In addition to inadequate ventilation, Nightingale reported poor drainage and poorly designed sewers and plumbing. In her testimony to the royal commission, Nightingale reported on the vile conditions she found at Barrack Hospital upon arrival. “The condition of the latrine … for several months, over an inch deep in the dirt, is too horrible to describe.” She observed six dead dogs under one of the windows and a dead horse lay in the aqueduct for weeks. The drinking water was dirty; once she saw used hospital uniforms in the water tank. Rats and insects abounded, and “the walls and ceilings were saturated with organic matter.”
In the conclusion of her report on the health of the British army, she explained: her equal) of an army, having failed at the slightest ebb of disease and disasters due to the negligence committed, having recovered again to the highest state of health and efficiency thanks to the remedies applied.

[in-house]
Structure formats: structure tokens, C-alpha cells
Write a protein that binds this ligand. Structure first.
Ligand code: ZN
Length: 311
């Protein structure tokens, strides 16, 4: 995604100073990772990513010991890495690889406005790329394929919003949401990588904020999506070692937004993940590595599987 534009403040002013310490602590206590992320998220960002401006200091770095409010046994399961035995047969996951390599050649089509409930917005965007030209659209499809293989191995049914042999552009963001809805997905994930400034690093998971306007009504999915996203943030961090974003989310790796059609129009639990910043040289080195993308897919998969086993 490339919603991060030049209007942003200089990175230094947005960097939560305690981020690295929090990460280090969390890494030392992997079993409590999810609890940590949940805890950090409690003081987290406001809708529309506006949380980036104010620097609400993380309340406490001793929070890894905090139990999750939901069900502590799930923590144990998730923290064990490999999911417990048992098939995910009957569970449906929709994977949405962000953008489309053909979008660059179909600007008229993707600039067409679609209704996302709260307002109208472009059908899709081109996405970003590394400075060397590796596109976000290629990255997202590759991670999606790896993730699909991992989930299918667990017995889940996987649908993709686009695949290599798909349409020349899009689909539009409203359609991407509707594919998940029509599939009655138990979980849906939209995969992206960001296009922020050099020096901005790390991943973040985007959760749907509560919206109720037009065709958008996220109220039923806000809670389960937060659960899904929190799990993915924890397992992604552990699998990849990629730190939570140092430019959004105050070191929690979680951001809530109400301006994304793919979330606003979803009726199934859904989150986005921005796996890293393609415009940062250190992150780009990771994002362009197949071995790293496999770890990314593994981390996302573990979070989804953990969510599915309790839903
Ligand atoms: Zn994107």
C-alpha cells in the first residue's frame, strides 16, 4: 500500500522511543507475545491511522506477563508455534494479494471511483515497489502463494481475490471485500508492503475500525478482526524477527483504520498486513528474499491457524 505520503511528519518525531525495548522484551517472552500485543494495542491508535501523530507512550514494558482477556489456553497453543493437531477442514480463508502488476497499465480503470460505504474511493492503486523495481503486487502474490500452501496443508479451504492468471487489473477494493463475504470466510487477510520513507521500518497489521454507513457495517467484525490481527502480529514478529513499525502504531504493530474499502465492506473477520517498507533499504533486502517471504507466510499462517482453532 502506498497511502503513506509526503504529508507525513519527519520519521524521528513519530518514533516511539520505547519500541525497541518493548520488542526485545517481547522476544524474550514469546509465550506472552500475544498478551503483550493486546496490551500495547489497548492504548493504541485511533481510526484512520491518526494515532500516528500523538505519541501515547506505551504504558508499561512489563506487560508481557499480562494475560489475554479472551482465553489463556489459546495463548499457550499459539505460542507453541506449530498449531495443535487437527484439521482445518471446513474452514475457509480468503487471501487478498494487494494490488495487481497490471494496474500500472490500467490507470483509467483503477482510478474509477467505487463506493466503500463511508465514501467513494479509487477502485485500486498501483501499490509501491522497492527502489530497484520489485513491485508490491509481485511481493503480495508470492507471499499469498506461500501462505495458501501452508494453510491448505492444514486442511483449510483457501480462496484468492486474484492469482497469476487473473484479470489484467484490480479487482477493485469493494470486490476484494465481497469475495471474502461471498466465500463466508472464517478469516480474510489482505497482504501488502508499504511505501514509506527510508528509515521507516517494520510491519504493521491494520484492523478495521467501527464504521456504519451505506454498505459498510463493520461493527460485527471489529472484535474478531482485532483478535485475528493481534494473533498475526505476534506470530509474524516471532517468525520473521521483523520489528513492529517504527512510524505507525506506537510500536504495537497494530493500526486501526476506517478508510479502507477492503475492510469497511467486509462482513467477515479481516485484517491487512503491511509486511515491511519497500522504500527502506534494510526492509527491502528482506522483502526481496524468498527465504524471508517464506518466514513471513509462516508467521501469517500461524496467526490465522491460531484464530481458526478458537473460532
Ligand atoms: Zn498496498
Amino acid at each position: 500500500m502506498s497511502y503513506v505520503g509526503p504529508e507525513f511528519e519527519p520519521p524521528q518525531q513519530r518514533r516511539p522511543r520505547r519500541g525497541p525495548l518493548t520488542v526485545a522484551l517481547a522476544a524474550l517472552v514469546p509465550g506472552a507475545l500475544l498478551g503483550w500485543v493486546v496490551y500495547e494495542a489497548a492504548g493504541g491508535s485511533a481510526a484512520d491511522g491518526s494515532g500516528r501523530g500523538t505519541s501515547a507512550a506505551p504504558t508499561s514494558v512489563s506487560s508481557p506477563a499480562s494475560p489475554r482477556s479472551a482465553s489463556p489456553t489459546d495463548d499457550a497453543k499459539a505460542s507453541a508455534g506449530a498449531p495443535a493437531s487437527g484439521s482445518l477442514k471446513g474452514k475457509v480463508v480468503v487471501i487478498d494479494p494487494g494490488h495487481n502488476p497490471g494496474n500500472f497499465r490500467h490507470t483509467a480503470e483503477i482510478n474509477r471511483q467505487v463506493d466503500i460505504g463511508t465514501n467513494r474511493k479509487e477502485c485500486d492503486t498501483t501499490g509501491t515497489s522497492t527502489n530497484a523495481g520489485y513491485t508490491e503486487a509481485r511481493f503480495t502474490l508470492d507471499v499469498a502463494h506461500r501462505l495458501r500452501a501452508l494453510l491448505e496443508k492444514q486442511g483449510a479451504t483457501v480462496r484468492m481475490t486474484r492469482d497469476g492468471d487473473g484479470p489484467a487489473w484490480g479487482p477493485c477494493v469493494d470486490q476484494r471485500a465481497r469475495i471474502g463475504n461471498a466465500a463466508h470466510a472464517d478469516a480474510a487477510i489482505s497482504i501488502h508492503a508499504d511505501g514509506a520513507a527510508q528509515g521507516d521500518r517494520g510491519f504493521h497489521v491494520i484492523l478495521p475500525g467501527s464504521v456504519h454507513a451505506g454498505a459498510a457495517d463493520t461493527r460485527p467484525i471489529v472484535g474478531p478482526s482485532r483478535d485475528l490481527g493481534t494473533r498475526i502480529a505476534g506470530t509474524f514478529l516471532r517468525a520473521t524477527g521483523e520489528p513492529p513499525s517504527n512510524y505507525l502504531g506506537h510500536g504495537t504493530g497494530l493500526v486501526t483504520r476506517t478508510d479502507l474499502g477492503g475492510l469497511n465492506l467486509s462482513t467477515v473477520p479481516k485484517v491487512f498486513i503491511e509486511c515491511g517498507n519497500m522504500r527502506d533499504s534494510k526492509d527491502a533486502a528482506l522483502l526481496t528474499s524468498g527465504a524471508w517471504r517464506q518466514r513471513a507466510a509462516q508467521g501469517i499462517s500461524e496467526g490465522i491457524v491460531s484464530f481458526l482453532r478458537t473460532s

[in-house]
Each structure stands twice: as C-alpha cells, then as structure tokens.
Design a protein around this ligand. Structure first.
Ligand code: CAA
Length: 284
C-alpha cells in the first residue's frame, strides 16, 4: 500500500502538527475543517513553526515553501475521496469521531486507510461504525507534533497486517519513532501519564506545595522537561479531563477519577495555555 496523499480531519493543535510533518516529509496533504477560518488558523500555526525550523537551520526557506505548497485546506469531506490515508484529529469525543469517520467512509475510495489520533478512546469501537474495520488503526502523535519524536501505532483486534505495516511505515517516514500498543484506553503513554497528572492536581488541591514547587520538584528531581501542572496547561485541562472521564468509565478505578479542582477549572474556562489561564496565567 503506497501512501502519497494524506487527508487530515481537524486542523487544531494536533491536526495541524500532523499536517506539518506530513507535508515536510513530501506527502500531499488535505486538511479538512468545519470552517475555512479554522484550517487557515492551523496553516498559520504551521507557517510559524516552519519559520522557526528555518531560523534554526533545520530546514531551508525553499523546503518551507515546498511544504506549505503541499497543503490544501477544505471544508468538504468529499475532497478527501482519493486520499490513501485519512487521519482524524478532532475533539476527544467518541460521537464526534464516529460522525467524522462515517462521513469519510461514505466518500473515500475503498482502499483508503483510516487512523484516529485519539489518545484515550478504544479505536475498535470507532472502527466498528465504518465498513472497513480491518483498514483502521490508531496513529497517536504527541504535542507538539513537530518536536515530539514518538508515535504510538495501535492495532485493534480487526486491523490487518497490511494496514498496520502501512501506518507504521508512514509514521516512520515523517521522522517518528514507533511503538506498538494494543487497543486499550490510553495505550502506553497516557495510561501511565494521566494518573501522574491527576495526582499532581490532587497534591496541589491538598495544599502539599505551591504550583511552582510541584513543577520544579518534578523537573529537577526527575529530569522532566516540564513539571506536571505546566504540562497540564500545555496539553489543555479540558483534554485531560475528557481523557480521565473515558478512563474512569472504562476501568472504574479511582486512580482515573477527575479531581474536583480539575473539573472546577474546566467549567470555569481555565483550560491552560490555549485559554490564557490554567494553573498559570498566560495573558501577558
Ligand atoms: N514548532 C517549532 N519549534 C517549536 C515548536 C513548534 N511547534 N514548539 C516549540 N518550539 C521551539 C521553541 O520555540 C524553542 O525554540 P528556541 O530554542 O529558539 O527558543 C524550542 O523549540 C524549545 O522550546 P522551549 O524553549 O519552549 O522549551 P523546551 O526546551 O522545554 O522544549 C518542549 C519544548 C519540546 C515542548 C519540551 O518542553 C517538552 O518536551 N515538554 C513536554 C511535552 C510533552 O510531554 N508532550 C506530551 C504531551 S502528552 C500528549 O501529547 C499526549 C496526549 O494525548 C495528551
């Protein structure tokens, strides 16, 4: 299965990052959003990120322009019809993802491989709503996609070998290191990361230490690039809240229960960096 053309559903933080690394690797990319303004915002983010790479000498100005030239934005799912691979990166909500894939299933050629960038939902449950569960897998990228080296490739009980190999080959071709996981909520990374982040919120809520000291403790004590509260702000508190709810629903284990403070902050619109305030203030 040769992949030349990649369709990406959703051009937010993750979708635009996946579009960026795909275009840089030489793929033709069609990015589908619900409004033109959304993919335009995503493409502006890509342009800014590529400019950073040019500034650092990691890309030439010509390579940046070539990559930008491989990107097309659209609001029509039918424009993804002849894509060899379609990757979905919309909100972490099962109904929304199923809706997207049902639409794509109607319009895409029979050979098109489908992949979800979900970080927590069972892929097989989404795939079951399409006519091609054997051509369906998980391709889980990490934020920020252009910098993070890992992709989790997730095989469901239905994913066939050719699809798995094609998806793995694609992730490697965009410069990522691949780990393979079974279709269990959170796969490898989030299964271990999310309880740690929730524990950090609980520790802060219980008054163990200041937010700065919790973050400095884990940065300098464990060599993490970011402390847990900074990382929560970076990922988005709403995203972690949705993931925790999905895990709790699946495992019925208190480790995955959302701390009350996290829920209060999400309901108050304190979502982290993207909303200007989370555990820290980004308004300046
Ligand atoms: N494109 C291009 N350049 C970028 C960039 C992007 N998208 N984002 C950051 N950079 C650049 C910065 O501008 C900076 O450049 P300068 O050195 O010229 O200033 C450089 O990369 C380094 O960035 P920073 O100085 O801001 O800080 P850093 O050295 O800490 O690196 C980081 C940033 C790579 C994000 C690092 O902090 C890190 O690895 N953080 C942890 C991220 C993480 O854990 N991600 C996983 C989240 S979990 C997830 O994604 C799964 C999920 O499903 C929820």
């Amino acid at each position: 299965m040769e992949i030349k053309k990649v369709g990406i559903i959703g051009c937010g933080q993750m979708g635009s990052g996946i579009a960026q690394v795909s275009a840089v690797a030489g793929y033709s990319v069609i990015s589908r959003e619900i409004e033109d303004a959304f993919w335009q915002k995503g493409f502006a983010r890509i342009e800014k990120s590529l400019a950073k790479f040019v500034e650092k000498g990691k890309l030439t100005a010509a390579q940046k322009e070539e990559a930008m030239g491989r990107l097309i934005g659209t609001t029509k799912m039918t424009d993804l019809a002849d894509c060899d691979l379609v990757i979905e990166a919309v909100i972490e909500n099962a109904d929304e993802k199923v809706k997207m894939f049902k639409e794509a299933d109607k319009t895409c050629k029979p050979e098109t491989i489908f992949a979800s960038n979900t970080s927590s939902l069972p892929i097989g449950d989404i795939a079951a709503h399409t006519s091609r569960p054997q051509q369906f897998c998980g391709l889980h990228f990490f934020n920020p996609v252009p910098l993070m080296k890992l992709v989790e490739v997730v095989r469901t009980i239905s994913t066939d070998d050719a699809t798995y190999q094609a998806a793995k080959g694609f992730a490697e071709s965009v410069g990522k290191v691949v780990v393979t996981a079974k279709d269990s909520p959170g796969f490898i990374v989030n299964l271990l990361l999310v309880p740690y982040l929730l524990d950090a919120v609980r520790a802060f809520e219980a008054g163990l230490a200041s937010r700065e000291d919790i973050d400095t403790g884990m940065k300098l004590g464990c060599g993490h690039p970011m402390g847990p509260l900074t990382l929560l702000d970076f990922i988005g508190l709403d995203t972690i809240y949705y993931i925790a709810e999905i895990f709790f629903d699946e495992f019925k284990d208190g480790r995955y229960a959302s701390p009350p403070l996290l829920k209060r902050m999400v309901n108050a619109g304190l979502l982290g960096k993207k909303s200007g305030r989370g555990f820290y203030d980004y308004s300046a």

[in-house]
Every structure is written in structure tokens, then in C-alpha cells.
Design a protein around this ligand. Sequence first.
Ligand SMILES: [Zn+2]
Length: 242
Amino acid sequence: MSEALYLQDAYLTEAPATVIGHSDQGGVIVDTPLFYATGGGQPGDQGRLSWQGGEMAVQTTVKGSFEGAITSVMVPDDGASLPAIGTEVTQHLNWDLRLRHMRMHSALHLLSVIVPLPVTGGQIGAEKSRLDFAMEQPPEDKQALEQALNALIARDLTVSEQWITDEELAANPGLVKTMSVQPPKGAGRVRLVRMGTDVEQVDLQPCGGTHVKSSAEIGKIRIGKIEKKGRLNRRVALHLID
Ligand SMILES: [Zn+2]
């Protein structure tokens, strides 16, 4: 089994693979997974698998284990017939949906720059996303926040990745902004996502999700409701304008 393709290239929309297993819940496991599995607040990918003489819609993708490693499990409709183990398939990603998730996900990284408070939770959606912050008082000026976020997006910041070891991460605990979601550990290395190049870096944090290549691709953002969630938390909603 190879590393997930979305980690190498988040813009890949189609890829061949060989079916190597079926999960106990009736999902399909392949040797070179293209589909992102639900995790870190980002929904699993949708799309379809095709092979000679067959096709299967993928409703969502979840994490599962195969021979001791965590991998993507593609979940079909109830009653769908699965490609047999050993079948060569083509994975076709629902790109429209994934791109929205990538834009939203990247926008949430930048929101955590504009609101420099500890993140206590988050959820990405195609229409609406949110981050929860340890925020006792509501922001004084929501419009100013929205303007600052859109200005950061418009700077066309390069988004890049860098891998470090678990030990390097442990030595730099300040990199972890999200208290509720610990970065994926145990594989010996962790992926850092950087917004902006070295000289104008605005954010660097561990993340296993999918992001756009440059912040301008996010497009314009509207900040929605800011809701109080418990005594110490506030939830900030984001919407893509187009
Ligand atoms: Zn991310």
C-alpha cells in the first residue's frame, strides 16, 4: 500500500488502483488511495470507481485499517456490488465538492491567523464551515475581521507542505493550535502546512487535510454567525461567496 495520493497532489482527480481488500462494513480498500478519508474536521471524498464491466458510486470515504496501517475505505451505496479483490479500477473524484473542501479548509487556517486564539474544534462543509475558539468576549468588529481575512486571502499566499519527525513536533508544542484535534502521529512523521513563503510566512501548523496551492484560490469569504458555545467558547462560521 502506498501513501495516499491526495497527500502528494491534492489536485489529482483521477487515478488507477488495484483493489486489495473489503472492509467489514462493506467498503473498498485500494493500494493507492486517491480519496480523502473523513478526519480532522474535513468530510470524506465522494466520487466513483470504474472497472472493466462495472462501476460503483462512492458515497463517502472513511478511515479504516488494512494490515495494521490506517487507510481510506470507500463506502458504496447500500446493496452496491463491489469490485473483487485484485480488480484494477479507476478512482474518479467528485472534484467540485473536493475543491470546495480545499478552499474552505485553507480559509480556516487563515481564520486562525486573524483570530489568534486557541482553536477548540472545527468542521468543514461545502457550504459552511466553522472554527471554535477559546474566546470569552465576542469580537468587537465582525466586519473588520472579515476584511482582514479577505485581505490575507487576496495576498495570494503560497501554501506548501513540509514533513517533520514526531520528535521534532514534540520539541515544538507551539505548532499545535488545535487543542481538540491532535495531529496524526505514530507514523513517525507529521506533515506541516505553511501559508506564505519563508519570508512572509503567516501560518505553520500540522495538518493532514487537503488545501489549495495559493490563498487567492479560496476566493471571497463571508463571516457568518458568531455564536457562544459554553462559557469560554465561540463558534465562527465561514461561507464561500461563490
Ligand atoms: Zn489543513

“It’s the whole experience on a colossal scale.” She recalls that during the first seven months of the Crimean campaign, mortality exceeded that of the plague of 1665 as well as that of the recent cholera epidemics. But during the last six months of the war, after the health reforms, “we had … a mortality among our sick a little more than that among our healthy guards at home.
Using mortality data she had collected during the war, as well as domestic mortality statistics, Nightingale showed that between 1839 and 1853, mortality among soldiers was much higher than among civilian men: ” 10,000 soldiers [at the age of 20], 7,077 live to the age of 39, of which 135 die in the following year; while out of 10,000 civilians aged 20, 8,253 reach the age of 39, and among these 106 die in the following year. Almost all of the mortality among the soldiers was the result of illness; “The actual losses in combat are only a very small part of the calamities of a long war”. Nightingale classified the causes of death into “zymotic diseases” (which in the 19th century referred to infectious diseases such as fever, measles and cholera), “lung and tuberculosis diseases” and “all other diseases (including violent deaths) ”. Nightingale was critical of the military’s disease classification system. At the bottom of a table, she notes: “Bronchitis and influenza have no place in the army’s nomenclature. It is believed that the chronic catarrh of army returns is actually a consumption, in the vast majority of cases; acute catarrh includes both epidemic catarrh, or influenza and bronchitis.